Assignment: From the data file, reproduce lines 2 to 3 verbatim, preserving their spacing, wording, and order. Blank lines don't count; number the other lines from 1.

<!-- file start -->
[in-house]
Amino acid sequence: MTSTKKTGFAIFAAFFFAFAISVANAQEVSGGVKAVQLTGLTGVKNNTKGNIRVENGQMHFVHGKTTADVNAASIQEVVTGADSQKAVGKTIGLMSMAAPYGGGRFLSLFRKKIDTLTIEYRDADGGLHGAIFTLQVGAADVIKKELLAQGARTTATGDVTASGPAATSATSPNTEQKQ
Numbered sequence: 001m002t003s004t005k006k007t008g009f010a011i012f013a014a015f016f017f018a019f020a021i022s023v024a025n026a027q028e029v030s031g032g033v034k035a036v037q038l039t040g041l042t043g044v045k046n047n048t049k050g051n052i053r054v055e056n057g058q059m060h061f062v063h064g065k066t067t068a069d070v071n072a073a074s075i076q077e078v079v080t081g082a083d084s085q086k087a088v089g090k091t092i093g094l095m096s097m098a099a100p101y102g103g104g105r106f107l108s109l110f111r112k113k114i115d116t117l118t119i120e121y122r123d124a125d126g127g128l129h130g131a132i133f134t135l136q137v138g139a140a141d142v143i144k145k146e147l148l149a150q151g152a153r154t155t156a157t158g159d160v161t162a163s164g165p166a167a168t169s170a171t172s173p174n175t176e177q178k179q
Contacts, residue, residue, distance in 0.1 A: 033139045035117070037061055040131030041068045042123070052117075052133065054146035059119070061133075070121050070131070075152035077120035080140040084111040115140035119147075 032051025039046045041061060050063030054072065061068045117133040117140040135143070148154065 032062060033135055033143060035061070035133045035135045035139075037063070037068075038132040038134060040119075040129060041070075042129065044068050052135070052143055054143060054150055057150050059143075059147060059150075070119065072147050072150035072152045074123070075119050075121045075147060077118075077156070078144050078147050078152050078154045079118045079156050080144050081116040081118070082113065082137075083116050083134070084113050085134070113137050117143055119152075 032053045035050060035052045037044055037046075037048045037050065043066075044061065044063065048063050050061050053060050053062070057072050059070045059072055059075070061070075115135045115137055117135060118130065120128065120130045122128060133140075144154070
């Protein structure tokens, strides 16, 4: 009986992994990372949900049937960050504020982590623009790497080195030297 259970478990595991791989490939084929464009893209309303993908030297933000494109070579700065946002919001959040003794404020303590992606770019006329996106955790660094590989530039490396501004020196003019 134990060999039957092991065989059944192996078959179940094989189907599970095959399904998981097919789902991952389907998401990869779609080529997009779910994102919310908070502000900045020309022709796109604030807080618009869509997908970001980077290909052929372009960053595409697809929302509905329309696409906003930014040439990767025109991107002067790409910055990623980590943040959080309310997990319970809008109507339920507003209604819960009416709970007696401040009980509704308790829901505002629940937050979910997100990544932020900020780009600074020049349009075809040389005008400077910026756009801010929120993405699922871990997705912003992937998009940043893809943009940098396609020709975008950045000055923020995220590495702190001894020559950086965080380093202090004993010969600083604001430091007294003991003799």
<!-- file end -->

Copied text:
Amino acid sequence: MTSTKKTGFAIFAAFFFAFAISVANAQEVSGGVKAVQLTGLTGVKNNTKGNIRVENGQMHFVHGKTTADVNAASIQEVVTGADSQKAVGKTIGLMSMAAPYGGGRFLSLFRKKIDTLTIEYRDADGGLHGAIFTLQVGAADVIKKELLAQGARTTATGDVTASGPAATSATSPNTEQKQ
Numbered sequence: 001m002t003s004t005k006k007t008g009f010a011i012f013a014a015f016f017f018a019f020a021i022s023v024a025n026a027q028e029v030s031g032g033v034k035a036v037q038l039t040g041l042t043g044v045k046n047n048t049k050g051n052i053r054v055e056n057g058q059m060h061f062v063h064g065k066t067t068a069d070v071n072a073a074s075i076q077e078v079v080t081g082a083d084s085q086k087a088v089g090k091t092i093g094l095m096s097m098a099a100p101y102g103g104g105r106f107l108s109l110f111r112k113k114i115d116t117l118t119i120e121y122r123d124a125d126g127g128l129h130g131a132i133f134t135l136q137v138g139a140a141d142v143i144k145k146e147l148l149a150q151g152a153r154t155t156a157t158g159d160v161t162a163s164g165p166a167a168t169s170a171t172s173p174n175t176e177q178k179q